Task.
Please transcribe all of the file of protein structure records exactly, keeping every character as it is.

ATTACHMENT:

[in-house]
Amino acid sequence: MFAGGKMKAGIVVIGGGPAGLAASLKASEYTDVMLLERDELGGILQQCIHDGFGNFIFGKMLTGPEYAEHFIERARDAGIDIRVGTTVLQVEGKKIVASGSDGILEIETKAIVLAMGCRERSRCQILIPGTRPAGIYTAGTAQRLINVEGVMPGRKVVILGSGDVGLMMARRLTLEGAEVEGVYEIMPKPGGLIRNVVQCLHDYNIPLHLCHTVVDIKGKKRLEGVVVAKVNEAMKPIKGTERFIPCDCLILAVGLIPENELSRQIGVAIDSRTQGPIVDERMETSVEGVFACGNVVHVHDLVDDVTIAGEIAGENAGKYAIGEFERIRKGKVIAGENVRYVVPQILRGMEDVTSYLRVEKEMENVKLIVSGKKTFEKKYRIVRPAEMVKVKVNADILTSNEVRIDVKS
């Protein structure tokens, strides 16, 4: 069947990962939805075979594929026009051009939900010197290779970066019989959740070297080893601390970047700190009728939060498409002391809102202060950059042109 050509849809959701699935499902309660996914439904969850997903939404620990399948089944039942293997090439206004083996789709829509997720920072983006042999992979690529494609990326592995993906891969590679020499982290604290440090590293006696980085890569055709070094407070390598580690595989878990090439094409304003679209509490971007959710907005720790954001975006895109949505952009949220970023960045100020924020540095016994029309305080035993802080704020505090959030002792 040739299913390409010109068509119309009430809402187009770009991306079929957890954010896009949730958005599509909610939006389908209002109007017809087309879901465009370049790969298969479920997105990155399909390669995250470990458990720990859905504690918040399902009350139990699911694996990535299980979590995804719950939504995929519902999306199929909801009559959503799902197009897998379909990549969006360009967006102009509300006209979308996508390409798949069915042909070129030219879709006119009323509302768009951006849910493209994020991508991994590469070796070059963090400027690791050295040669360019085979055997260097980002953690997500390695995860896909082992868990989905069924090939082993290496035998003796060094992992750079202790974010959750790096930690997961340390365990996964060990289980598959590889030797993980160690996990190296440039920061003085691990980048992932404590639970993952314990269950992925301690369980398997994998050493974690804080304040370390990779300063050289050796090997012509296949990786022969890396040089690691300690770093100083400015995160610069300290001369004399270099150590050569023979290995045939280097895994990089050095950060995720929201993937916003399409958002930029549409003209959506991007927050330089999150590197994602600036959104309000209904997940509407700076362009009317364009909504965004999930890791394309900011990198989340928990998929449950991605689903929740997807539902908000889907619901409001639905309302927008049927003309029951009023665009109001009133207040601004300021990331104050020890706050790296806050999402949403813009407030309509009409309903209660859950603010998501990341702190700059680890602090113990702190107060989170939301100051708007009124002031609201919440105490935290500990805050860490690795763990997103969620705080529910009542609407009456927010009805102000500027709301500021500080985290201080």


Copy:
[in-house]
Amino acid sequence: MFAGGKMKAGIVVIGGGPAGLAASLKASEYTDVMLLERDELGGILQQCIHDGFGNFIFGKMLTGPEYAEHFIERARDAGIDIRVGTTVLQVEGKKIVASGSDGILEIETKAIVLAMGCRERSRCQILIPGTRPAGIYTAGTAQRLINVEGVMPGRKVVILGSGDVGLMMARRLTLEGAEVEGVYEIMPKPGGLIRNVVQCLHDYNIPLHLCHTVVDIKGKKRLEGVVVAKVNEAMKPIKGTERFIPCDCLILAVGLIPENELSRQIGVAIDSRTQGPIVDERMETSVEGVFACGNVVHVHDLVDDVTIAGEIAGENAGKYAIGEFERIRKGKVIAGENVRYVVPQILRGMEDVTSYLRVEKEMENVKLIVSGKKTFEKKYRIVRPAEMVKVKVNADILTSNEVRIDVKS
């Protein structure tokens, strides 16, 4: 069947990962939805075979594929026009051009939900010197290779970066019989959740070297080893601390970047700190009728939060498409002391809102202060950059042109 050509849809959701699935499902309660996914439904969850997903939404620990399948089944039942293997090439206004083996789709829509997720920072983006042999992979690529494609990326592995993906891969590679020499982290604290440090590293006696980085890569055709070094407070390598580690595989878990090439094409304003679209509490971007959710907005720790954001975006895109949505952009949220970023960045100020924020540095016994029309305080035993802080704020505090959030002792 040739299913390409010109068509119309009430809402187009770009991306079929957890954010896009949730958005599509909610939006389908209002109007017809087309879901465009370049790969298969479920997105990155399909390669995250470990458990720990859905504690918040399902009350139990699911694996990535299980979590995804719950939504995929519902999306199929909801009559959503799902197009897998379909990549969006360009967006102009509300006209979308996508390409798949069915042909070129030219879709006119009323509302768009951006849910493209994020991508991994590469070796070059963090400027690791050295040669360019085979055997260097980002953690997500390695995860896909082992868990989905069924090939082993290496035998003796060094992992750079202790974010959750790096930690997961340390365990996964060990289980598959590889030797993980160690996990190296440039920061003085691990980048992932404590639970993952314990269950992925301690369980398997994998050493974690804080304040370390990779300063050289050796090997012509296949990786022969890396040089690691300690770093100083400015995160610069300290001369004399270099150590050569023979290995045939280097895994990089050095950060995720929201993937916003399409958002930029549409003209959506991007927050330089999150590197994602600036959104309000209904997940509407700076362009009317364009909504965004999930890791394309900011990198989340928990998929449950991605689903929740997807539902908000889907619901409001639905309302927008049927003309029951009023665009109001009133207040601004300021990331104050020890706050790296806050999402949403813009407030309509009409309903209660859950603010998501990341702190700059680890602090113990702190107060989170939301100051708007009124002031609201919440105490935290500990805050860490690795763990997103969620705080529910009542609407009456927010009805102000500027709301500021500080985290201080």